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Ebe: The new dry bulk cycle

This year’s first issue of Maritime CEO magazine launches today with many hot button issues spread across its 50 pages. Whether it’s the industry’s attitude to tech change, LNG as a ship fuel or it’s poor numbers when it comes to gender pay equality Maritime CEO is not afraid to tackle many of the sector’s most contentious issues. Profiles of shipowners in this edition are led by Basile Aloy, the head of new Belgian dry bulk owner, Ebe and are followed up by a diverse set of executives from across the globe.

Aloy is the latest generation of the famous Belgian Saverys family to enter shipowning.

Aloy formed Ebe in 2016, after his mother sold her 16% share in Compagnie Maritime Belge (CMB) to his uncle Marc Saverys. He has since set about building a fleet of high quality Japanese bulker tonnage, which today comprises a capesize, one kamsarmax and two ultramaxes. Ebe also has two 62,000 dwt ships on order at one of Japan’s finest bulker builders, Oshima Shipbuilding, for delivery in the second half of 2019.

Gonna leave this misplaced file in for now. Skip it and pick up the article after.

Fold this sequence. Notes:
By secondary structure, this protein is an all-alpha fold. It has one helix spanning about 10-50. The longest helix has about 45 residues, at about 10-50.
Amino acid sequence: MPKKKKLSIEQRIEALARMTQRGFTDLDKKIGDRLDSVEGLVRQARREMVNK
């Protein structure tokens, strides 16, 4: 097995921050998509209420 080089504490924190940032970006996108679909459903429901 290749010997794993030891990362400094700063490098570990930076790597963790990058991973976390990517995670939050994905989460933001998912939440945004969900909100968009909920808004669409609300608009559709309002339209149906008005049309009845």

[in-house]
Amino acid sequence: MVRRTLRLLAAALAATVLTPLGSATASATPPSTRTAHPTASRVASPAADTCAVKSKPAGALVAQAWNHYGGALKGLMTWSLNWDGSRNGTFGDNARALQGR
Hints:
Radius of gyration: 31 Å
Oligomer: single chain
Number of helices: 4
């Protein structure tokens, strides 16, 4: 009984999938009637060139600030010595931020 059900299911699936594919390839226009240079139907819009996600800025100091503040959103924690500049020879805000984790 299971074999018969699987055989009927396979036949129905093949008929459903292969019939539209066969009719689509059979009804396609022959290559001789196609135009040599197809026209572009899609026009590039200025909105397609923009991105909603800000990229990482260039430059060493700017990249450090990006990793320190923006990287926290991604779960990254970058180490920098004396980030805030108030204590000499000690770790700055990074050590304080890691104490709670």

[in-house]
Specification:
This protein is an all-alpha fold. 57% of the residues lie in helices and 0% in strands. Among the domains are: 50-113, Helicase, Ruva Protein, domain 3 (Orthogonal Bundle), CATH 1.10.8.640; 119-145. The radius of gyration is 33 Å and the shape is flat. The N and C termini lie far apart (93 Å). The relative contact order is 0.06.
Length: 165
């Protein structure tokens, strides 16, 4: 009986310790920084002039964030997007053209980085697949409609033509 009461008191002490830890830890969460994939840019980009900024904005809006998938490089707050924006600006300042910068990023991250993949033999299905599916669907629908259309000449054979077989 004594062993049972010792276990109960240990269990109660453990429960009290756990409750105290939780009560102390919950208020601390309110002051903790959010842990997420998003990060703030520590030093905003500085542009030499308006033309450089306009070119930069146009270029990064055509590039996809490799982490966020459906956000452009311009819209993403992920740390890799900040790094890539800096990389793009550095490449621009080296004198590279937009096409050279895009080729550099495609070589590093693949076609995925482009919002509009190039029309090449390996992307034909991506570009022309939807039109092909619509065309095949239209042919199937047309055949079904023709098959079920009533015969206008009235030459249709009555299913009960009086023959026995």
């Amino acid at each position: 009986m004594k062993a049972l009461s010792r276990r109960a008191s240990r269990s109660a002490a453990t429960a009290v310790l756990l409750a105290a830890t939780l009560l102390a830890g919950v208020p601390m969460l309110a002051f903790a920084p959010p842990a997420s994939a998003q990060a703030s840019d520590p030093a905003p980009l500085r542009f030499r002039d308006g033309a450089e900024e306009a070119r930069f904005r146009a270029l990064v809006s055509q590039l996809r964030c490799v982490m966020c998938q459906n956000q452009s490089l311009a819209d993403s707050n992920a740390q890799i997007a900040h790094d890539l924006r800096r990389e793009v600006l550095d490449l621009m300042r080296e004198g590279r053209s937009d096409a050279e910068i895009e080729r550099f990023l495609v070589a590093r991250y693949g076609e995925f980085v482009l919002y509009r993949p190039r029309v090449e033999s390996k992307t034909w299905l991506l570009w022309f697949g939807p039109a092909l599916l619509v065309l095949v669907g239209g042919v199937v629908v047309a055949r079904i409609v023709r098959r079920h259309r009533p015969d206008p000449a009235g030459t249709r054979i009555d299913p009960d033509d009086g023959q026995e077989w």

While his family still owns Avignonesi, the well-regarded Tuscan vineyard, and is still very much involved in the day to day running of the company, for Aloy work is now totally focused on developing Ebe.

“To be honest,” he tells Maritime CEO, “I don’t regret leaving wine. It was a wonderful experience but shipping is very much what I enjoy to do.”

To get a knowledge of shipping, Aloy worked for a while with Swiss brokers Ifchor before setting up Ebe in Antwerp two years ago. Throughout 2016 and 2017 he scoured the markets, picking up well-priced Japanese tonnage, and now he feels the dry bulk sector is set fair for a couple of years.

“We are very positive for 2018 and 2019, anything further is reading tealeaves,” he says, adding: “We believe the market is poised for an increase this year and we’ve prepared ourselves to take advantage of this upturn.”

Ebe is however by Aloy’s own admission very conservative, something likely honed from being part of a family who have known shipping peaks and troughs for more than a century.

“Ebe has no leverage as we felt that in such a high-risk industry it is best to prepare yourself for the worst while hoping for the best,” Aloy explains. “Therefore if the market goes up, excellent. If not, we can hold out a very long time.”

Splash readers can access the full interview and the entire magazine online for free by clicking here.


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